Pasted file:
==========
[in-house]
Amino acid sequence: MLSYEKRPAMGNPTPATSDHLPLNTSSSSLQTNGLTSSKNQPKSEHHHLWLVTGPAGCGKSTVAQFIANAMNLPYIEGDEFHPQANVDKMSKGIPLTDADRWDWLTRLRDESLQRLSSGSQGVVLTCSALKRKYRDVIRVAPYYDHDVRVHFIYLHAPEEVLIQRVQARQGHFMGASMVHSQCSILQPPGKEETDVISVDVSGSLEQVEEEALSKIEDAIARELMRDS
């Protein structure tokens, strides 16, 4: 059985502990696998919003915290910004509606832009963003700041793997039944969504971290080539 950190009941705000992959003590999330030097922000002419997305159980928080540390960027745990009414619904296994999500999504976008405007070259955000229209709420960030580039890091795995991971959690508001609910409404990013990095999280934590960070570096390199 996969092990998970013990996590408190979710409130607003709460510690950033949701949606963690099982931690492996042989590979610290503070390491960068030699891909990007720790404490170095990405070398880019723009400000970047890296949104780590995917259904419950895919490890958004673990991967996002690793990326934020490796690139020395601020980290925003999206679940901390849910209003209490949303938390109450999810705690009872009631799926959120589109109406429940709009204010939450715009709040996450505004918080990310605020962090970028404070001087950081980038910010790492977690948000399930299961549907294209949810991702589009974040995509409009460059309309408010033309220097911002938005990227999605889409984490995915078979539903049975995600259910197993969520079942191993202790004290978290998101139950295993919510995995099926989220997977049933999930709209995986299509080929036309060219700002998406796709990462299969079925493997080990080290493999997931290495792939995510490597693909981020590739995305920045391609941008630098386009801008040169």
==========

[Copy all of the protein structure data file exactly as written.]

[in-house]
Amino acid sequence: MLSYEKRPAMGNPTPATSDHLPLNTSSSSLQTNGLTSSKNQPKSEHHHLWLVTGPAGCGKSTVAQFIANAMNLPYIEGDEFHPQANVDKMSKGIPLTDADRWDWLTRLRDESLQRLSSGSQGVVLTCSALKRKYRDVIRVAPYYDHDVRVHFIYLHAPEEVLIQRVQARQGHFMGASMVHSQCSILQPPGKEETDVISVDVSGSLEQVEEEALSKIEDAIARELMRDS
């Protein structure tokens, strides 16, 4: 059985502990696998919003915290910004509606832009963003700041793997039944969504971290080539 950190009941705000992959003590999330030097922000002419997305159980928080540390960027745990009414619904296994999500999504976008405007070259955000229209709420960030580039890091795995991971959690508001609910409404990013990095999280934590960070570096390199 996969092990998970013990996590408190979710409130607003709460510690950033949701949606963690099982931690492996042989590979610290503070390491960068030699891909990007720790404490170095990405070398880019723009400000970047890296949104780590995917259904419950895919490890958004673990991967996002690793990326934020490796690139020395601020980290925003999206679940901390849910209003209490949303938390109450999810705690009872009631799926959120589109109406429940709009204010939450715009709040996450505004918080990310605020962090970028404070001087950081980038910010790492977690948000399930299961549907294209949810991702589009974040995509409009460059309309408010033309220097911002938005990227999605889409984490995915078979539903049975995600259910197993969520079942191993202790004290978290998101139950295993919510995995099926989220997977049933999930709209995986299509080929036309060219700002998406796709990462299969079925493997080990080290493999997931290495792939995510490597693909981020590739995305920045391609941008630098386009801008040169």